Madeleine Davies

Archive for October, 2012|Monthly archive page

“I blame the parents” (Child poverty blog 5)

In Uncategorized on October 29, 2012 at 5:13 pm

“Since 1969 I have witnessed a growing indifference from some parents to meeting the most basic needs of children, and particularly younger children, those who are least able to fend for themselves. I have also observed how the home life of a minority but, worryingly, a growing minority of children, fails to express an unconditional commitment to the successful nurturing of children.”

Report of the Independent Review on Poverty and Life Chances; Frank Field, 2010

“Large numbers of the poorest children are read to every day, taken to places of interest, have regular bed times and are breast fed by their mothers. These examples of positive behaviours among the lowest income parents give grounds for optimism that such behaviours can be promoted more widely among vulnerable families.”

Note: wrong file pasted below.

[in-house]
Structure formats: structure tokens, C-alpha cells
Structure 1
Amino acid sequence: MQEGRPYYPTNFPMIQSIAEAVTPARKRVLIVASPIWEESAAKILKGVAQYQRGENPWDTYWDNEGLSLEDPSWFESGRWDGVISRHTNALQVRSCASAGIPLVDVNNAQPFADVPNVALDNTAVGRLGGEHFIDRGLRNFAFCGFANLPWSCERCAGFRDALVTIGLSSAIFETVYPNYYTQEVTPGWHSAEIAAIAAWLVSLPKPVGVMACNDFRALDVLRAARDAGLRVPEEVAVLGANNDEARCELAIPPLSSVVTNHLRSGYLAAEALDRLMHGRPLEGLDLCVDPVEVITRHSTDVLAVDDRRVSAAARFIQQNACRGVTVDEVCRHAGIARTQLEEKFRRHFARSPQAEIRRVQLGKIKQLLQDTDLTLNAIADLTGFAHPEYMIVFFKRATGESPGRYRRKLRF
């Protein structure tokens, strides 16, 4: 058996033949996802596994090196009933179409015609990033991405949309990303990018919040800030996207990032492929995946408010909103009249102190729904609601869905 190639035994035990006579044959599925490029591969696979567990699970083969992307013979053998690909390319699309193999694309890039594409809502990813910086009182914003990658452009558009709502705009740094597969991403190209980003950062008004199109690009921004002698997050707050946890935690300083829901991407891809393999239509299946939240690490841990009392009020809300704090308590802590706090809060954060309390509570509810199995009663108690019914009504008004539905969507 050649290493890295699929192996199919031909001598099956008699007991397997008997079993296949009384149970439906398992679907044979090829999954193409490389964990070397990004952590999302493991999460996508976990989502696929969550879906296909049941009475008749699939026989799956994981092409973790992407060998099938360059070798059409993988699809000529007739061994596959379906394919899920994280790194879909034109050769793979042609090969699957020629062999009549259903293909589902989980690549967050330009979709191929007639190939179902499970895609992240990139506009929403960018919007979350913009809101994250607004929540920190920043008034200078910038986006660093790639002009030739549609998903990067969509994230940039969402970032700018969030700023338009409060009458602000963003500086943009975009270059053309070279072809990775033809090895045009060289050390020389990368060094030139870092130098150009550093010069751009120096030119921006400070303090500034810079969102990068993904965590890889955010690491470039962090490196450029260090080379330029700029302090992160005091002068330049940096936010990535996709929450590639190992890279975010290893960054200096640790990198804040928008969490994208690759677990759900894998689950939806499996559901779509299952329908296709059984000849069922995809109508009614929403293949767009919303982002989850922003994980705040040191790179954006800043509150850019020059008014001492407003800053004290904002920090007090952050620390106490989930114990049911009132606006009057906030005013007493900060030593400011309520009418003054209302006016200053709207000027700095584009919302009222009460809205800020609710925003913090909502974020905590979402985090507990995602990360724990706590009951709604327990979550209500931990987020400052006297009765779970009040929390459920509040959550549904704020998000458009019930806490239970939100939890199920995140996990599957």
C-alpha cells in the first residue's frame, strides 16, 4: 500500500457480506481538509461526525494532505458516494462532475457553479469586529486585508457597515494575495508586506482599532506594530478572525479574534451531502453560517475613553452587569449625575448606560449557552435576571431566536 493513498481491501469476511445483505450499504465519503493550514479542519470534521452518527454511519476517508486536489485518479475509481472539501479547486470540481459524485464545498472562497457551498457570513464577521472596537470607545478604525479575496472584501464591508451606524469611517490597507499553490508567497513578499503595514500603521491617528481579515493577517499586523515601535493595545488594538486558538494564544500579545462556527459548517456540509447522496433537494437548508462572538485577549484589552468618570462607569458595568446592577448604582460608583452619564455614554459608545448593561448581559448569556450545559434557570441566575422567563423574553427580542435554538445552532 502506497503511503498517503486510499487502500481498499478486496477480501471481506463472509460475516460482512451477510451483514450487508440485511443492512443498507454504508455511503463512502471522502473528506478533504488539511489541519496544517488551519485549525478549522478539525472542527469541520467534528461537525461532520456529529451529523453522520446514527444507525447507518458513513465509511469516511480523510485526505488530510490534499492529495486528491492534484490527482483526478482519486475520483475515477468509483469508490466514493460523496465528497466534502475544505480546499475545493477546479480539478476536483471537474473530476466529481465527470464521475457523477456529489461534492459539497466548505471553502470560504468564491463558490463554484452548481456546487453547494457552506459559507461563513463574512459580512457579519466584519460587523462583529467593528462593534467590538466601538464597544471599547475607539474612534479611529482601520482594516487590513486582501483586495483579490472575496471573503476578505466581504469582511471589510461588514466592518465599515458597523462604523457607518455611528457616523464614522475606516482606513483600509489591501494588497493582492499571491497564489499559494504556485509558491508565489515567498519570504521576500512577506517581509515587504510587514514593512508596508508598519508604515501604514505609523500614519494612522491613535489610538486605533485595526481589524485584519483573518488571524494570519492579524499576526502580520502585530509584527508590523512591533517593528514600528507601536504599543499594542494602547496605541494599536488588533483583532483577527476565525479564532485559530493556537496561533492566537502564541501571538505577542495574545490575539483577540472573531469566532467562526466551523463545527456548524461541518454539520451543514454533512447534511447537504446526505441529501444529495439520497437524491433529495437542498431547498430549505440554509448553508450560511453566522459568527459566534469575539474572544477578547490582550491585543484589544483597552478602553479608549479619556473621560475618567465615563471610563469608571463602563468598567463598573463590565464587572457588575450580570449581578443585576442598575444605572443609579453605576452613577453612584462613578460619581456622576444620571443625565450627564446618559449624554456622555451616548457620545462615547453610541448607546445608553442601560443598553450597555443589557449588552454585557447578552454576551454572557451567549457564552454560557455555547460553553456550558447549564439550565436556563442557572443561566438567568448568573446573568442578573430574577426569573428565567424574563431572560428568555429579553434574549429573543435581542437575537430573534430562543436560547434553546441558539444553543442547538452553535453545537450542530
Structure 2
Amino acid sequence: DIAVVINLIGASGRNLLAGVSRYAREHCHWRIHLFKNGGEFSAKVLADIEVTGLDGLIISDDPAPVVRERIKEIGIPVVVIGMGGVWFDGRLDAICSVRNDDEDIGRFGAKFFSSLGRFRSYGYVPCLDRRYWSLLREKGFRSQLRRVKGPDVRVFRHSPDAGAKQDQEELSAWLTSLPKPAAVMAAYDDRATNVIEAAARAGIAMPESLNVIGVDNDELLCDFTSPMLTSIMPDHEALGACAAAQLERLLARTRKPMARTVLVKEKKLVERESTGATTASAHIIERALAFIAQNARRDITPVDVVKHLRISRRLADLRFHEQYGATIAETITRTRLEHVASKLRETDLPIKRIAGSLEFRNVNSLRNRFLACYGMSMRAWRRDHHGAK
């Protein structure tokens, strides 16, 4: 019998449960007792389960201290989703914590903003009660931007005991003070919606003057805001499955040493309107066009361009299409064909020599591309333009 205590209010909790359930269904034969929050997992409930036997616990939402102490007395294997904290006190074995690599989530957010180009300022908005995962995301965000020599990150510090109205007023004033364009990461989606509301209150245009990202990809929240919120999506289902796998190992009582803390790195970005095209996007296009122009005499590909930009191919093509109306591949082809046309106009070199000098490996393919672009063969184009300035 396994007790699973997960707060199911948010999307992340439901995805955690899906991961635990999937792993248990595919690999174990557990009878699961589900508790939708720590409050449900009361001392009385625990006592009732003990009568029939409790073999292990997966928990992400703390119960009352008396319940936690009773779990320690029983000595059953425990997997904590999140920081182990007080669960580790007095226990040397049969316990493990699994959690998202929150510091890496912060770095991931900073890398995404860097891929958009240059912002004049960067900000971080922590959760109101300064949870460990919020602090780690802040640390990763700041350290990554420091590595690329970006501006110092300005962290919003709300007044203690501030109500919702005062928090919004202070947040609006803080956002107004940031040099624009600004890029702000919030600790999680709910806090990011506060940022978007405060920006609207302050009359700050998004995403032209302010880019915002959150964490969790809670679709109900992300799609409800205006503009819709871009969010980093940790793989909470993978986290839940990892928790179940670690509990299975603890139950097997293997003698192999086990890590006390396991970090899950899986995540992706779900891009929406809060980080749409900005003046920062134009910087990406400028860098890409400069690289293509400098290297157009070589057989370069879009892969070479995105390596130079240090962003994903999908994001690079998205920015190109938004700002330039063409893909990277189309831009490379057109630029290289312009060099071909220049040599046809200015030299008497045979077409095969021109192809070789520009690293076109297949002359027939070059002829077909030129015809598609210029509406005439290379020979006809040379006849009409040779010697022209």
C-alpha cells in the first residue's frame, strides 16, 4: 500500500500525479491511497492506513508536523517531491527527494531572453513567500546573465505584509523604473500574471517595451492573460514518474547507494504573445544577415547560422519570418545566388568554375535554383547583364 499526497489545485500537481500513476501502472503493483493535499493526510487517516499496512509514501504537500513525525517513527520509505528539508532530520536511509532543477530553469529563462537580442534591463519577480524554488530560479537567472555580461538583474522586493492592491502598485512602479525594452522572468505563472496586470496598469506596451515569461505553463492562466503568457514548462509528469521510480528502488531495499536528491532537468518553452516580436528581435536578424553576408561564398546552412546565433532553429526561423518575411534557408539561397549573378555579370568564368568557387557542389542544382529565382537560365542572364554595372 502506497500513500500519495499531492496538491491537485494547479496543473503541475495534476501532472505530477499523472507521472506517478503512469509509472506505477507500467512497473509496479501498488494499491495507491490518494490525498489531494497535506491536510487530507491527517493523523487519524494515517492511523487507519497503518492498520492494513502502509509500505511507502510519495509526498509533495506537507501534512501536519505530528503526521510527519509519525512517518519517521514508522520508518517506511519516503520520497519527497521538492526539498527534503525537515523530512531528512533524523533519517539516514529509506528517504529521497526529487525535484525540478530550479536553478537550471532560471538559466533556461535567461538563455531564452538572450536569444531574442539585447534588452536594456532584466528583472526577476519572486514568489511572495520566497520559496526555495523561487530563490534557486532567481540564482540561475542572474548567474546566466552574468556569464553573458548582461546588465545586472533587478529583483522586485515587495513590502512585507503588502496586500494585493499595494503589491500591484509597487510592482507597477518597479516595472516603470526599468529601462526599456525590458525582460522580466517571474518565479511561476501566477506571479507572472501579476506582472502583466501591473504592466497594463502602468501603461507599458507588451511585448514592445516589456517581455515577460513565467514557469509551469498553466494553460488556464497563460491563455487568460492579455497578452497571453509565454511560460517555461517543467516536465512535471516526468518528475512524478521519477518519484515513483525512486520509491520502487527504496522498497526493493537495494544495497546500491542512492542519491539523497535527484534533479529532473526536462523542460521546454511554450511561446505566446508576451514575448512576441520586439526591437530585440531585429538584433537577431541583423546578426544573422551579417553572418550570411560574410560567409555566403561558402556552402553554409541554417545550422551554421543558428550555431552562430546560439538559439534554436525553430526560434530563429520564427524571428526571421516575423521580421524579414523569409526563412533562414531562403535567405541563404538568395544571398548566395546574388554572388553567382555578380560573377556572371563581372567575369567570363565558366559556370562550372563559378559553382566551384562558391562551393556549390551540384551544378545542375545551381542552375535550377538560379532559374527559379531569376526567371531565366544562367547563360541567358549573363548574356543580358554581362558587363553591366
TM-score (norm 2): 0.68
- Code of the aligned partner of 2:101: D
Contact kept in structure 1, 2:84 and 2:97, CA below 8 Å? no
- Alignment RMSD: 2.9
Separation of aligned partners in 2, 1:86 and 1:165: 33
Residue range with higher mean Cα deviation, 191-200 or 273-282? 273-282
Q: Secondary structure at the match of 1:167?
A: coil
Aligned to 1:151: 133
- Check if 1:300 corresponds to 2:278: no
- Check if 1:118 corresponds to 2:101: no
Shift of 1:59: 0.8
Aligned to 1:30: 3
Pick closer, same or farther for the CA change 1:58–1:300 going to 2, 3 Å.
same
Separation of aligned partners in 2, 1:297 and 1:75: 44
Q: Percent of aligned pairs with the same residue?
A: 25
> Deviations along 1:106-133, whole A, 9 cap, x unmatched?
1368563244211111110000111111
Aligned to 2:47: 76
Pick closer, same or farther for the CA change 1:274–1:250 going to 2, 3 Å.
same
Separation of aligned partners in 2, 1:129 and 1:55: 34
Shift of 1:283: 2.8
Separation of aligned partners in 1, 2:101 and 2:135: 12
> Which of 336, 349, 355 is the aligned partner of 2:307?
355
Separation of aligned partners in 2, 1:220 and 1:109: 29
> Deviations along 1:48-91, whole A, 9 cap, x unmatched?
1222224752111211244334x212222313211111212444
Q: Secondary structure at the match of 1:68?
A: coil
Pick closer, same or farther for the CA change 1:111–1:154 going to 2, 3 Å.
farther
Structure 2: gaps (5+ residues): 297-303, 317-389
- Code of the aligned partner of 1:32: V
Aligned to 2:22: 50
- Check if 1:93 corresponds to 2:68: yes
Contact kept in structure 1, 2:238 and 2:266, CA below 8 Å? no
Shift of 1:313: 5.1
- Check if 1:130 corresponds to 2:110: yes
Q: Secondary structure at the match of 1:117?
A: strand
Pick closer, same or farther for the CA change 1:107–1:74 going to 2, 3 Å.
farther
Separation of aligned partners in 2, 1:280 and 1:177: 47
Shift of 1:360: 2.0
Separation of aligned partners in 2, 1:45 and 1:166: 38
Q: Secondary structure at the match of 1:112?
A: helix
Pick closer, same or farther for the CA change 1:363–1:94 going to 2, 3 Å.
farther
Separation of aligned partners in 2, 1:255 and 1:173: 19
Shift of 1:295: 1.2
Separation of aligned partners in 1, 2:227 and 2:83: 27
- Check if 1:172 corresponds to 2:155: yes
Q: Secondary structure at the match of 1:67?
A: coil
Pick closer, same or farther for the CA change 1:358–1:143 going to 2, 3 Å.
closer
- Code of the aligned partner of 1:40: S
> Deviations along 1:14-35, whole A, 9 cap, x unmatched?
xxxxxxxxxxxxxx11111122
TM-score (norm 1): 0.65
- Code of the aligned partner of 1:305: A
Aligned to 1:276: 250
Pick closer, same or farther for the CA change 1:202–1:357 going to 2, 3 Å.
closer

Low Income and Early Cognitive Development in the U.K; Washbrook and Waldfogel for The Sutton Trust, 2011

Is poor parenting to blame for child poverty?

In December 2010, the Labour MP Frank Field published his independent review on poverty and life chances and concluded that

“The UK needs to address the issue of child poverty in a fundamentally different way…It is family background, parental education, good parenting and the opportunities for learning and development in those crucial years that together matter more to children than money in determining whether their potential is realised in adult life.”